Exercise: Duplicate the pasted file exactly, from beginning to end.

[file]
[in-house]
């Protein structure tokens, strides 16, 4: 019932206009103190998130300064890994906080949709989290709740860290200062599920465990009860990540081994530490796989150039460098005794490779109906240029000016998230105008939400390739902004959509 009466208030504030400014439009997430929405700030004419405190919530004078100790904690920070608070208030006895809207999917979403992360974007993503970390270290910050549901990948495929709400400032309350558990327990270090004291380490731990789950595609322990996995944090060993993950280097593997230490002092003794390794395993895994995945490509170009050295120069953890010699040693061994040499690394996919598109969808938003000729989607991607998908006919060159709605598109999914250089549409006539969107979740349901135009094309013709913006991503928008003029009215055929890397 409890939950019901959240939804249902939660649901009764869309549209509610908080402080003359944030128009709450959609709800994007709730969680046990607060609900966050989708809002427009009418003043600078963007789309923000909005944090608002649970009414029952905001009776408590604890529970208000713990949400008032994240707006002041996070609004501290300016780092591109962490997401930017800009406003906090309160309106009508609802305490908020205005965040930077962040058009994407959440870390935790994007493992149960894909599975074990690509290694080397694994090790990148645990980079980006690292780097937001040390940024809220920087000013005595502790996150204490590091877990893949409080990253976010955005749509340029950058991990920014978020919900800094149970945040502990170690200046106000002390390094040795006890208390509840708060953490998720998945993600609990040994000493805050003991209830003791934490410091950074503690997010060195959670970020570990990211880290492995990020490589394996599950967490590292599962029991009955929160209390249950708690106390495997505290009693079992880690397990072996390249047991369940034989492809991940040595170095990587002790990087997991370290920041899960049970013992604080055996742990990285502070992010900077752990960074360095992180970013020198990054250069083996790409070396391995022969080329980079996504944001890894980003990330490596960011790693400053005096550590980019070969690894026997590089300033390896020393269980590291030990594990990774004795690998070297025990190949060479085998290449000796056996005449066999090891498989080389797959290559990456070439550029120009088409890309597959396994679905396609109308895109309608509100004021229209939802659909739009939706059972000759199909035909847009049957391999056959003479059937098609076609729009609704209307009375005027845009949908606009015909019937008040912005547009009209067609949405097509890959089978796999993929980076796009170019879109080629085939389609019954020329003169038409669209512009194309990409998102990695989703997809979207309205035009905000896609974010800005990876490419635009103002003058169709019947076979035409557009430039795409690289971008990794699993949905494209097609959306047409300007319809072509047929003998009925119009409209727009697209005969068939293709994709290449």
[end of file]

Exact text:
[in-house]
């Protein structure tokens, strides 16, 4: 019932206009103190998130300064890994906080949709989290709740860290200062599920465990009860990540081994530490796989150039460098005794490779109906240029000016998230105008939400390739902004959509 009466208030504030400014439009997430929405700030004419405190919530004078100790904690920070608070208030006895809207999917979403992360974007993503970390270290910050549901990948495929709400400032309350558990327990270090004291380490731990789950595609322990996995944090060993993950280097593997230490002092003794390794395993895994995945490509170009050295120069953890010699040693061994040499690394996919598109969808938003000729989607991607998908006919060159709605598109999914250089549409006539969107979740349901135009094309013709913006991503928008003029009215055929890397 409890939950019901959240939804249902939660649901009764869309549209509610908080402080003359944030128009709450959609709800994007709730969680046990607060609900966050989708809002427009009418003043600078963007789309923000909005944090608002649970009414029952905001009776408590604890529970208000713990949400008032994240707006002041996070609004501290300016780092591109962490997401930017800009406003906090309160309106009508609802305490908020205005965040930077962040058009994407959440870390935790994007493992149960894909599975074990690509290694080397694994090790990148645990980079980006690292780097937001040390940024809220920087000013005595502790996150204490590091877990893949409080990253976010955005749509340029950058991990920014978020919900800094149970945040502990170690200046106000002390390094040795006890208390509840708060953490998720998945993600609990040994000493805050003991209830003791934490410091950074503690997010060195959670970020570990990211880290492995990020490589394996599950967490590292599962029991009955929160209390249950708690106390495997505290009693079992880690397990072996390249047991369940034989492809991940040595170095990587002790990087997991370290920041899960049970013992604080055996742990990285502070992010900077752990960074360095992180970013020198990054250069083996790409070396391995022969080329980079996504944001890894980003990330490596960011790693400053005096550590980019070969690894026997590089300033390896020393269980590291030990594990990774004795690998070297025990190949060479085998290449000796056996005449066999090891498989080389797959290559990456070439550029120009088409890309597959396994679905396609109308895109309608509100004021229209939802659909739009939706059972000759199909035909847009049957391999056959003479059937098609076609729009609704209307009375005027845009949908606009015909019937008040912005547009009209067609949405097509890959089978796999993929980076796009170019879109080629085939389609019954020329003169038409669209512009194309990409998102990695989703997809979207309205035009905000896609974010800005990876490419635009103002003058169709019947076979035409557009430039795409690289971008990794699993949905494209097609959306047409300007319809072509047929003998009925119009409209727009697209005969068939293709994709290449």